E. Klindtworth, N. Guntermann, I. Delidovich, R. Palkovits
RWTH Aachen University,
Keywords: borohydride, ionic liquids, hydrogen storage, hydrolysis catalyst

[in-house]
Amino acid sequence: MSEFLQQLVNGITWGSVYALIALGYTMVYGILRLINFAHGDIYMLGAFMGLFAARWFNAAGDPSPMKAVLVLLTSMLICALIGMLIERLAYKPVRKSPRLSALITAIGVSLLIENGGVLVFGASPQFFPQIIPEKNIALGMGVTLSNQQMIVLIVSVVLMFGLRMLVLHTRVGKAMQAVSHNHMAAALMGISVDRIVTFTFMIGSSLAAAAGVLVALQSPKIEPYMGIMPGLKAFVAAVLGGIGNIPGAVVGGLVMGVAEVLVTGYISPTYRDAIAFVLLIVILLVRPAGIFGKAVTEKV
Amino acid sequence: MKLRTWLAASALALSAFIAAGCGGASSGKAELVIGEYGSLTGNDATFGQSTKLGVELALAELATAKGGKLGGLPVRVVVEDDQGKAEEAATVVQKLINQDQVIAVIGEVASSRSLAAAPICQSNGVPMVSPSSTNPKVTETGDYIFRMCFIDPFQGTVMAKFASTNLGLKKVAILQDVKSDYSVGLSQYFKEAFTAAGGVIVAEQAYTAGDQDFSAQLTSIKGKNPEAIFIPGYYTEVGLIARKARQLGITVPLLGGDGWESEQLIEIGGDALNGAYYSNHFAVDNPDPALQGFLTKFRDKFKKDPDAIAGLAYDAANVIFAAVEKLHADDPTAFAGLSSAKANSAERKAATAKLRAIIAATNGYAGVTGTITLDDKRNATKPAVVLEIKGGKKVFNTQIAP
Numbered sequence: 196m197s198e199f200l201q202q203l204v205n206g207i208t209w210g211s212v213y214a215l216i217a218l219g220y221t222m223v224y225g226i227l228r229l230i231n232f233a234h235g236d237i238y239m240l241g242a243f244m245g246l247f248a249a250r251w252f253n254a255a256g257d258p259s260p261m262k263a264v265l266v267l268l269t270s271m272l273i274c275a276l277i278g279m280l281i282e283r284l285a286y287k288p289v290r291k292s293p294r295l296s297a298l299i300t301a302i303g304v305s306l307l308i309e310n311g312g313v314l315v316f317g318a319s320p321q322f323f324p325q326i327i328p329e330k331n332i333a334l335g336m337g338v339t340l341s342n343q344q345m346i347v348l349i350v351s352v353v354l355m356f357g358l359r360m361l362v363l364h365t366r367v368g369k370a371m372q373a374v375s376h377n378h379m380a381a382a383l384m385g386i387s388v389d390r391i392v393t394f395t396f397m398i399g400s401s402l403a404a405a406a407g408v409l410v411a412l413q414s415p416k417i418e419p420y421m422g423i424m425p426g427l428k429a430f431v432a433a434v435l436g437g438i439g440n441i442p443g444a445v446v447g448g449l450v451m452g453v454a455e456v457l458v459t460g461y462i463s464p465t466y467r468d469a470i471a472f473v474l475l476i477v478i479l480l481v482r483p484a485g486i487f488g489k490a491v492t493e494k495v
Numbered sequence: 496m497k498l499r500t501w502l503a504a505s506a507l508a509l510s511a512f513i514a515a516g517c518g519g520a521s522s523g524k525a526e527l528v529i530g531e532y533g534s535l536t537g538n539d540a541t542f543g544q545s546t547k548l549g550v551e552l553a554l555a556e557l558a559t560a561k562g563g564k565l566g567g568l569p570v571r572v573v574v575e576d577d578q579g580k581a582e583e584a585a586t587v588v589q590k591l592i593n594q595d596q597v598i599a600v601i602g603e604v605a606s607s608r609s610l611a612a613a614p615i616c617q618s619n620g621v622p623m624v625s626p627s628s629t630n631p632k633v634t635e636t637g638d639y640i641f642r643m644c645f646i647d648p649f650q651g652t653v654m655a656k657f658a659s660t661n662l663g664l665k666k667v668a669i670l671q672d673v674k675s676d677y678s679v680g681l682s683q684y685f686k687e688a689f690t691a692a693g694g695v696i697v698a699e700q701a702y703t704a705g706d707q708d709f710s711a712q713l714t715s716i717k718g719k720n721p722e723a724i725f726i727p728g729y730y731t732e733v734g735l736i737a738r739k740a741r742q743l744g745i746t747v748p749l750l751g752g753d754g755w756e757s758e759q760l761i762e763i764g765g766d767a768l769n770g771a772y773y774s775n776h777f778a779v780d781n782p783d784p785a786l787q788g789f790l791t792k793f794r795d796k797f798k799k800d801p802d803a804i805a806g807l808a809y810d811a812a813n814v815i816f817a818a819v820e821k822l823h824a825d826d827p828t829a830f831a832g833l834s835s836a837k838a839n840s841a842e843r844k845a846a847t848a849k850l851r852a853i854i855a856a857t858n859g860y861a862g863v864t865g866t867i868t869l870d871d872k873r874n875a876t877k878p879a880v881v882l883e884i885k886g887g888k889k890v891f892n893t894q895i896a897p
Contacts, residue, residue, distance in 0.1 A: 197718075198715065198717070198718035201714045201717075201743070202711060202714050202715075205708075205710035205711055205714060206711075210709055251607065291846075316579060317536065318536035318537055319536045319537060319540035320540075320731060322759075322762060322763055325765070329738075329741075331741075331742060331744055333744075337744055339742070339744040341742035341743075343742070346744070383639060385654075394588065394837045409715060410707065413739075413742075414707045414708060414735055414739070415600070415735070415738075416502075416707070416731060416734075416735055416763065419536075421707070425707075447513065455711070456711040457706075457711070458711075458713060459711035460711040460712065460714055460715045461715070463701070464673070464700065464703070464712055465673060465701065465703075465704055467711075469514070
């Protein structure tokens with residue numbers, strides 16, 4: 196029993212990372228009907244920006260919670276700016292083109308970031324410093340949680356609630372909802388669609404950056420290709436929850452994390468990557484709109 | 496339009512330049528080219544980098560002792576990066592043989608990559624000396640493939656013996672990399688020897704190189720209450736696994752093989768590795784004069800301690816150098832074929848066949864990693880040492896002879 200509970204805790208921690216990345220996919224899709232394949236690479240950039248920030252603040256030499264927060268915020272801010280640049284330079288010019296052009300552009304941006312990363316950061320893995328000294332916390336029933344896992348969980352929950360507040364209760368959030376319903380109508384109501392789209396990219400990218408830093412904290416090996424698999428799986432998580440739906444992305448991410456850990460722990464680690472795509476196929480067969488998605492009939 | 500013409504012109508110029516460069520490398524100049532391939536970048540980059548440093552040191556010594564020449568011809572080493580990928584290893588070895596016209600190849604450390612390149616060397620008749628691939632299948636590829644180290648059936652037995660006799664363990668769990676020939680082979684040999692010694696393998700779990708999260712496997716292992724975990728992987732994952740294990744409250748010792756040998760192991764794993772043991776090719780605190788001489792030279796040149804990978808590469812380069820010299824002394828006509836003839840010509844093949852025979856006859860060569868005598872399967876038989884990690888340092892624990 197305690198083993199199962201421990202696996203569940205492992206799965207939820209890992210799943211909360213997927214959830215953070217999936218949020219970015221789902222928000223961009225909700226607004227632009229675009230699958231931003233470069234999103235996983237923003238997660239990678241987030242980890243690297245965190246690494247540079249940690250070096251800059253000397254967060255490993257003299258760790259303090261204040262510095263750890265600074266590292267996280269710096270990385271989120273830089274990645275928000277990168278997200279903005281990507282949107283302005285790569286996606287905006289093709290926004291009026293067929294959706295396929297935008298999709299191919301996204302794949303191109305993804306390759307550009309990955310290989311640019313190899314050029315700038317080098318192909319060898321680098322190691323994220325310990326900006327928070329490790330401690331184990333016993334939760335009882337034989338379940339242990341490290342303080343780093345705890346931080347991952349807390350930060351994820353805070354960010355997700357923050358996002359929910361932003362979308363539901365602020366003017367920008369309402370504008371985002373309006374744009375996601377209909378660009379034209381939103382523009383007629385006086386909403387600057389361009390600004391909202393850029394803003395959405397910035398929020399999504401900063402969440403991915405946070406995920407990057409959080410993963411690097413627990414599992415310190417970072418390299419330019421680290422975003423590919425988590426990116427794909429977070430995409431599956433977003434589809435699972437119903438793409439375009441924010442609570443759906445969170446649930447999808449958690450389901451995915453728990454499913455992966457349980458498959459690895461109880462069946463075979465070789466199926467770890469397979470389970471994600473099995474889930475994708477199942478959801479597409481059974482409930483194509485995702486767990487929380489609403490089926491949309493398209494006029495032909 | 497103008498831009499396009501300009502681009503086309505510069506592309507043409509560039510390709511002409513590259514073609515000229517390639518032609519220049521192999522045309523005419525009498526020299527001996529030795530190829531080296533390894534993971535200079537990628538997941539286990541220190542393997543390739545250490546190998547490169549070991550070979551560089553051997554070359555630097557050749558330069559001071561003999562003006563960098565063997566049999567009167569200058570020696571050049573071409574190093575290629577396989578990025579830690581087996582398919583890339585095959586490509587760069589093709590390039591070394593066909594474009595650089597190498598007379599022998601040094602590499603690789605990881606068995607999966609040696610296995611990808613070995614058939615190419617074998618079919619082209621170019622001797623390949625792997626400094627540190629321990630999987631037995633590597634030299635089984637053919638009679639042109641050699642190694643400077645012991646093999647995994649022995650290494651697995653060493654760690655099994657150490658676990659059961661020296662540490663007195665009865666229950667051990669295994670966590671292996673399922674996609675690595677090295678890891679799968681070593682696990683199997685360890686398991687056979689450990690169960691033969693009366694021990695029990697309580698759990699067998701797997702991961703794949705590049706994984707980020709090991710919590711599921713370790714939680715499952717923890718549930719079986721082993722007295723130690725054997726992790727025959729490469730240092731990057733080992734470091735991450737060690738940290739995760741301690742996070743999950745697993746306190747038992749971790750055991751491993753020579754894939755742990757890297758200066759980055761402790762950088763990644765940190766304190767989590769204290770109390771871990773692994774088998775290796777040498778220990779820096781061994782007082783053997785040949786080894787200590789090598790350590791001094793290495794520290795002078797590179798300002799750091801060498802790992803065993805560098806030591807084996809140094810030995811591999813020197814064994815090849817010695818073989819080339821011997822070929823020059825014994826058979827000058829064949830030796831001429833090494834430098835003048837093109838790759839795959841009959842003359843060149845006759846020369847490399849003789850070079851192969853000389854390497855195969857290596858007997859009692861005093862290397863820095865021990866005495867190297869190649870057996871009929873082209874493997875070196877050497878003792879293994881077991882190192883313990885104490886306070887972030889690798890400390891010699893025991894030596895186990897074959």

Summary:The world's continuously increasing demand for sustainable energy sources calls for the development of alternative energy systems, such as H2, an environmentally benign energy carrier . H2 can be produced via water electrolysis, using renewable energy sources. After temporary storage of H2, it is fed to a fuel cell, recovering the retained energy, e.g. to charge a phone . The H2 lifecycle is illustrated in Fig. 1. Particularly for portable fuel cell applications, the H2 storage is a key issue . Current H2 storage technologies include high pressure tanks, cryo storage or chemically bound H2, such as solid LiBH4 or NaBH4 with a H2 capacity of 18.4 wt% and 10.6 wt% H, respectively [4, 5]. BH4- hydrolyzes when in contact with H2O, forming H2 and the corresponding borate (Eq. (1)) [6, 7]. BH4- (aq) + 4 H2O (l) → B(OH)4- (aq) + 4 H2 (g) (1) For the introduction of BH4- in portable electronic applications, a hydrogen storage medium with a melting point below room temperature (RT) and the tailored catalytic H2 release is essential. In the present study, we generate H2 from liquid storage materials based on BH4- in ionic liquids (ILs) via hydrolysis under ambient conditions, using numerous catalysts as releasing agents. For this purpose, various BH4- ionic compounds were synthesized (Fig. 2). Our findings indicate that EMIM BH4- 2 and PMIM BH4- 3 with a hydrogen storage capacity of max. 3 wt% H are promising storage media . Subsequently, the BH4- ILs were hydrolyzed with H2O, applying supported metal as well as acidic catalysts. All hydrolyses of EMIM BH4- and PMIM BH4- with metal/acid catalysts revealed saturation curves, whereas highest H2 yields were observed in a semi-batch process with continuous acid addition. Additionally, mass transport limitations as well as activation energies of the PMIM BH4- hydrolysis with Cox/support catalysts were investigated. A mechanism for the hydrolysis of PMIM BH4- is proposed based on the 11B NMR analysis of the H+ catalyzed hydrolysis of BH4- at various reaction times .